Using Windows Phone 7 Push Notifications

Windows Phone 7 is still not released, and the APIs, SDK, emulator and so on is till far from complete. Having said that, people are still getting revved up about the platform and have already started to develop on it. I think this is cool, and makes me believe that there will be some really good apps on the market place already on the launch day. Unfortunately, I have been too busy to get too down a dirty with it. I definitely hope to change this, and have decided to build a game. Hopefully it will be complete by launch and I can sell 2 or 3 copies.

But, to be honest, I still feel that the SDK and APIs are changing a bit too much for me to get REALLY excited about it. I really hope that there is a new refresh on the way soon. Cause at the present, I find that there are just too many unknown things that make the development hard. You never know if the issue you are experiencing is due to you doing something wrong or due to a bug in the OS. And if it is a bug in the OS, you don’t really know when or how it will be fixed. And I really don’t want to spend my time working around things now, just to end up with weird an unnecessary workarounds in the code when the final version is released. Having said that, it still doesn’t stop you from playing around with the platform. I can still build most of my game logic and even test it in the browser based version of Silverlight while I wait for the next refresh. One feature that I wanted to try out straight away however is the push notification. Why? Well…let’s just say that I have my reasons…

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I got to leave my mark on TechEd US

As you probably know, TechEd US has just passed. I didn’t get to go (like always), but I did get to make my mark on the conference. I got to build one of the apps that Microsoft demoed on stage. I have actually built a bunch of demo apps for Microsoft and their conferences the last year. At some point, I will actually try to find them at some point a post some videos of them here. But they involve a CRM demo with a phone company, a SharePoint demo with a racing team and some other bits and pieces. Anyhow…this year my demo was a Word add-in, and my personal opinion about this project, before it got started, was that it sucked. I I’m not very fond of building Word add-ins as you might have guessed.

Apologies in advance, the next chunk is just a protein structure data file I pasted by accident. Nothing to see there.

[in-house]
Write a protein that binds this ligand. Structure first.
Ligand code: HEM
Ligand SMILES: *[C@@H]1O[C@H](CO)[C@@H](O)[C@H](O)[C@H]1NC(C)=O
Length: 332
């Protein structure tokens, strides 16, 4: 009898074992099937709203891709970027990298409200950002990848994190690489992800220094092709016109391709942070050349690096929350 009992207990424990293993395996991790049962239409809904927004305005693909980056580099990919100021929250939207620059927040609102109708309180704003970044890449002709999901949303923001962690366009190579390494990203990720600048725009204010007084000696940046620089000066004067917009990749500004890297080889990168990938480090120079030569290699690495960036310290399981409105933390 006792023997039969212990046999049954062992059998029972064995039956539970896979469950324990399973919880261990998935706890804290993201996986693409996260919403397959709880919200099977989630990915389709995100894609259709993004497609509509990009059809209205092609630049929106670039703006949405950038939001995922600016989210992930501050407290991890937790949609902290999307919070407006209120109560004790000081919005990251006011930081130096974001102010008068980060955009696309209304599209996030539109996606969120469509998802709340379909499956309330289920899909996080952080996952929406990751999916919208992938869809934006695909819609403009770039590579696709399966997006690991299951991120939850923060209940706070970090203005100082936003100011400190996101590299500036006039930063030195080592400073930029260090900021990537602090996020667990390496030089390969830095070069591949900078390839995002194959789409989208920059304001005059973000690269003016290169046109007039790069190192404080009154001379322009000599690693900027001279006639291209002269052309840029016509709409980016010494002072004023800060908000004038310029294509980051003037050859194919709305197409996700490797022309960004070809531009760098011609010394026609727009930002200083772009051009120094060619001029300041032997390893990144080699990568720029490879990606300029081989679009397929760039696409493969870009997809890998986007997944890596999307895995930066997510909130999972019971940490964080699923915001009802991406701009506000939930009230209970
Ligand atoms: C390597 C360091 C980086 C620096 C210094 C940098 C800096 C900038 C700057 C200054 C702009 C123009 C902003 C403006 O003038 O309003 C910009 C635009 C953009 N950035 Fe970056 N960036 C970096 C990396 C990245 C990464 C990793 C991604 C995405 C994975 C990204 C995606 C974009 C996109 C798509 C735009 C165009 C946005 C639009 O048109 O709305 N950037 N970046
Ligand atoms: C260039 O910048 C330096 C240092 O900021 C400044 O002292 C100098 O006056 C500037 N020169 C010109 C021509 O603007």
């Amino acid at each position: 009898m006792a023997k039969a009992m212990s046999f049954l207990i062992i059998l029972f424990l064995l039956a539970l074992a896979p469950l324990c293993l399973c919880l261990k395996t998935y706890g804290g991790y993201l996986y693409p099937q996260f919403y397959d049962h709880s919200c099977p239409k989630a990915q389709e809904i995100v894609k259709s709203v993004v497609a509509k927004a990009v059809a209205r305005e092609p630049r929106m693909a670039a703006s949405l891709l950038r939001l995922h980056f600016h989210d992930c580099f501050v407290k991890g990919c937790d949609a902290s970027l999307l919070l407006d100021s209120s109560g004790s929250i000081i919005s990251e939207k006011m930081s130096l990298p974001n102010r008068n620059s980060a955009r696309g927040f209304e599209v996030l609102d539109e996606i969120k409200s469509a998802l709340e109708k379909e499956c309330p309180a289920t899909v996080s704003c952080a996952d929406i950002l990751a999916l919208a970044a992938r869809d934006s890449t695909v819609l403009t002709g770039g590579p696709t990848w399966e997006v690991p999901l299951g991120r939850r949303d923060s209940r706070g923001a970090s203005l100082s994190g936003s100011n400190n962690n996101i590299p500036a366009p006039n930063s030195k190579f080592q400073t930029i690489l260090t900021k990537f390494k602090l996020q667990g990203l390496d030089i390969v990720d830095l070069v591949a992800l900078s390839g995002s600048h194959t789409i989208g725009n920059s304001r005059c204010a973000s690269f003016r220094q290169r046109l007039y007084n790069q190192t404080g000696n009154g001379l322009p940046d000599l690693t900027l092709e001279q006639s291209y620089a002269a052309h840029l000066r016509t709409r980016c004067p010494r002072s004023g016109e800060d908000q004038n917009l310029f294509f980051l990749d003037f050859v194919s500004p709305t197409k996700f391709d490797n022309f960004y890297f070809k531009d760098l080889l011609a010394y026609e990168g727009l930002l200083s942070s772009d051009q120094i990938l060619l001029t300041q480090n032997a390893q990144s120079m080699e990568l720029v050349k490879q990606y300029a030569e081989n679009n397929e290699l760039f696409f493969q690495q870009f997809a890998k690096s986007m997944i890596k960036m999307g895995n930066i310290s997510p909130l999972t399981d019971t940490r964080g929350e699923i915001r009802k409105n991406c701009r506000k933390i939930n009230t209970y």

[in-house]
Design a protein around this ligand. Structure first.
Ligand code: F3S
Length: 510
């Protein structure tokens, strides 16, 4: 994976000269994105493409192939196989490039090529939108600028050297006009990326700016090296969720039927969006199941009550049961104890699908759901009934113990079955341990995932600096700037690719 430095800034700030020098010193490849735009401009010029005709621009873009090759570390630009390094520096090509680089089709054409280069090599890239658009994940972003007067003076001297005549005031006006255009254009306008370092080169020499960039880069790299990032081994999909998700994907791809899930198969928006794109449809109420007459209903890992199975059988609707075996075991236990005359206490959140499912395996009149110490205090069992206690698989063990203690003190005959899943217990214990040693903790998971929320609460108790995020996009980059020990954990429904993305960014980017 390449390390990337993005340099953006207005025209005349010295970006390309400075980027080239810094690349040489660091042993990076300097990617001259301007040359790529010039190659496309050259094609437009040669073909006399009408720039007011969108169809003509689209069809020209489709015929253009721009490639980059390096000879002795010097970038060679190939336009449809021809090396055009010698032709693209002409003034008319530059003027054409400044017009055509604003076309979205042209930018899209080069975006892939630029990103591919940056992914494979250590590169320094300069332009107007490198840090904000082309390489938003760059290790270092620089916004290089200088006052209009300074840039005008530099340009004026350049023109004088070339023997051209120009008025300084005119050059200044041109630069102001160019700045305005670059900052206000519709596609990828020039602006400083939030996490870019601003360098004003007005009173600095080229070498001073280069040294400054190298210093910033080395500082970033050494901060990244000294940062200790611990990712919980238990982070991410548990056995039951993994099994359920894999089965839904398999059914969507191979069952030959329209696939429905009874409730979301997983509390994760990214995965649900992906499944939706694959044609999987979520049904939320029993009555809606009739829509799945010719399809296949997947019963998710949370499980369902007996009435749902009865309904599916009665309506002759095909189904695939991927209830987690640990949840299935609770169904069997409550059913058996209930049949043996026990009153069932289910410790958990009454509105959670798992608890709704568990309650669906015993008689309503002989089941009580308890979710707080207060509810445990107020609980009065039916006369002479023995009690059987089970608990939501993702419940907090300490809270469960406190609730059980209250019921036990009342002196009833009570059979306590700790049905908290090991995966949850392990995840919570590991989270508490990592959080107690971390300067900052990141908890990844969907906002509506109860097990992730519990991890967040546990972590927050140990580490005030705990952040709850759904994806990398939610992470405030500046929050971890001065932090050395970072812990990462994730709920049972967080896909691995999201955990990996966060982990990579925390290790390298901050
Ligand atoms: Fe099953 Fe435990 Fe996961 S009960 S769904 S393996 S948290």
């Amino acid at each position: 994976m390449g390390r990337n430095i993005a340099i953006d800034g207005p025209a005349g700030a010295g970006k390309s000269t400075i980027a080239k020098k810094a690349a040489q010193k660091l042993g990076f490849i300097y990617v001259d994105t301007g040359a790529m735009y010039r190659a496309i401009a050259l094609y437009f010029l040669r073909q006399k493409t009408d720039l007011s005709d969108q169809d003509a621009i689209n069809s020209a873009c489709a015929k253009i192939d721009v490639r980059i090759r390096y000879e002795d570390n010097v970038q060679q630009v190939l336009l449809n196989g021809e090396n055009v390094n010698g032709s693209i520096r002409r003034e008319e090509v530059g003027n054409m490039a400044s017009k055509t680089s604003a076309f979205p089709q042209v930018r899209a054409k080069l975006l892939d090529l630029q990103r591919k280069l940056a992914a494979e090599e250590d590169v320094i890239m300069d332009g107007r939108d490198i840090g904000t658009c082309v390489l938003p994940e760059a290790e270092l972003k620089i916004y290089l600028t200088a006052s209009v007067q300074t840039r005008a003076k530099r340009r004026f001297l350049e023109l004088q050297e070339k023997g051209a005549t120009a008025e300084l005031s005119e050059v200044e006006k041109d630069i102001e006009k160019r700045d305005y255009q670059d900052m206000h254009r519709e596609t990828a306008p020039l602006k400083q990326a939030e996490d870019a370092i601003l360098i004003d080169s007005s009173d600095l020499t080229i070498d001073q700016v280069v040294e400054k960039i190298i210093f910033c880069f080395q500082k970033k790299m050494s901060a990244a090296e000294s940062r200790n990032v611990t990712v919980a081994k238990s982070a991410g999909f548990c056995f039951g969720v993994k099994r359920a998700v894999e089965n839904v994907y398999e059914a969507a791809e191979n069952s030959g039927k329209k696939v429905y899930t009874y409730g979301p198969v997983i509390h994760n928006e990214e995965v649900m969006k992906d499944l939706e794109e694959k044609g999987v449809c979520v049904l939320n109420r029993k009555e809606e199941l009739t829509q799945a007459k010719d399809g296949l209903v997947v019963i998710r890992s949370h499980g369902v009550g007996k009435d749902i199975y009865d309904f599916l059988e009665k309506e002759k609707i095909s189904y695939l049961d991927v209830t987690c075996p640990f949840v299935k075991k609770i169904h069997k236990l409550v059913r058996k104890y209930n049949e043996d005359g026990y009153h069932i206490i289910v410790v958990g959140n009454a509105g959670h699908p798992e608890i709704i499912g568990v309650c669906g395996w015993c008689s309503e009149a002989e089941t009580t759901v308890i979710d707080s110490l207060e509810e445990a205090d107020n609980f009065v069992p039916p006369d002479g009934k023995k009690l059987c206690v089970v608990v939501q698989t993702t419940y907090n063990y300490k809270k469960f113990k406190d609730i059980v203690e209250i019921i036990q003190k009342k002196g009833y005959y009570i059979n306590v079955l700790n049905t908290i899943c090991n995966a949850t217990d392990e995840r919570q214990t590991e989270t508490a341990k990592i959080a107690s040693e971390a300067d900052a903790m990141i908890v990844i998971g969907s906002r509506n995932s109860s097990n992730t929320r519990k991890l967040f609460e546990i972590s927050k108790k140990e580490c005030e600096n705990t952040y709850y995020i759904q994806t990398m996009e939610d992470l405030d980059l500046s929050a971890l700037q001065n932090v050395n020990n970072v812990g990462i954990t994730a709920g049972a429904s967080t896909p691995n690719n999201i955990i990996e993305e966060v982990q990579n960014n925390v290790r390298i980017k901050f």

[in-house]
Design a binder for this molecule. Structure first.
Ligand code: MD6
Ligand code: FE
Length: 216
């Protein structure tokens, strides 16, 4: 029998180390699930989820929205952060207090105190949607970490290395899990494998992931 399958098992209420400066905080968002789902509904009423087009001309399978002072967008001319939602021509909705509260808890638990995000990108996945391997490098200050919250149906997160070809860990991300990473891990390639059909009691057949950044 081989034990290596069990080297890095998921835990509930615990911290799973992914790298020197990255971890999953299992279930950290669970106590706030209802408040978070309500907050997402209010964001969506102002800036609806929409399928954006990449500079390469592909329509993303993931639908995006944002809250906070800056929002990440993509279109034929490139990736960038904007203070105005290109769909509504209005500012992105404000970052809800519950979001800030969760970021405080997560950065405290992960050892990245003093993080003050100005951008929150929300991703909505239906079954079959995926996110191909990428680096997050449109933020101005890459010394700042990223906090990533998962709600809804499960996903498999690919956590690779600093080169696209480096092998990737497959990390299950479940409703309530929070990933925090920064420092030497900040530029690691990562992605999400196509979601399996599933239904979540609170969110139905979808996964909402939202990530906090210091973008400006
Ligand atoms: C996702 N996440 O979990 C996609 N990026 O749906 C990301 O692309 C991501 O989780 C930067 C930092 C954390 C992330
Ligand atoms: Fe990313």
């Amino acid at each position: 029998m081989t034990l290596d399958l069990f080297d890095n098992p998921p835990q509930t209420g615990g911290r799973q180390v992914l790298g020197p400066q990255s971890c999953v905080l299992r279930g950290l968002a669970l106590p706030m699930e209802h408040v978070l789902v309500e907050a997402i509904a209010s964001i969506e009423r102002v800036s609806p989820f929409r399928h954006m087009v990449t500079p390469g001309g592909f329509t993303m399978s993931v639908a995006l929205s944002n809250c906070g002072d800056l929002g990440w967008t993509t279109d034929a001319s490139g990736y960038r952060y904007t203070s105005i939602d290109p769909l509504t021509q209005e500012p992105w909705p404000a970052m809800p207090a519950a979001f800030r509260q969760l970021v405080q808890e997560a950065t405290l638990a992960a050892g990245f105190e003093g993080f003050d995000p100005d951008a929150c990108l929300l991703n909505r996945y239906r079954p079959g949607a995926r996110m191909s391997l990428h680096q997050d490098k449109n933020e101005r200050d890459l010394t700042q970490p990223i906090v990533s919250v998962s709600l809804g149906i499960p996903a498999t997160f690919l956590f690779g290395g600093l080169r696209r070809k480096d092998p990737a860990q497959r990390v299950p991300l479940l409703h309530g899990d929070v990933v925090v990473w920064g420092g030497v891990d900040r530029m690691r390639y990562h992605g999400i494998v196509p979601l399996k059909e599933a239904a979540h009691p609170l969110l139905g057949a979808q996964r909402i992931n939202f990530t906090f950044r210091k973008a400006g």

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Windows Phone 7 Training

The day before yesterday I was part of a Windows Phone 7 training day here in Wellington, New Zealand. Most of the day was presented by Nigel Parker, Web Development Advisor for Microsoft New Zealand, but I got to present some code demos for the attending developers. At the training, I promised to upload my sample code, so I did. But I also added some of my thoughts after the event. Sorry…

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Cool INotifyPropertyChanged implementation

While working on a little MVVM thingy the other day, I ran into a sweet little piece of code that I wanted to share. I have seen several version of this around the web, but this is where I found this particular version. The piece of code gets rid of the ugly part of the INotifyPropertyChanged interface. The part where you use strings to identify what property has changed. I understand that that is how you have to do it, but it feels messy. A common solution is to add constants to hold the strings, but that is not a very much better solution. it is still messy. So how can we handle it in a safe way? Well…one idea would be to do it like this…

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Subtitling videos

A couple of weeks ago, Microsoft asked me to add closed captioning to the videos on the www.office2010themovie.com. And no…not automated subtitles that converts to what is said into text, like YouTube does…just subtitles from a file. This is not very complicated, not even when you add the fact that the videos are actually being streamed using Smooth Streaming. But I wanted roll it al into a control, to make it fast and easy to add subtitles to any MediaElement in future projects…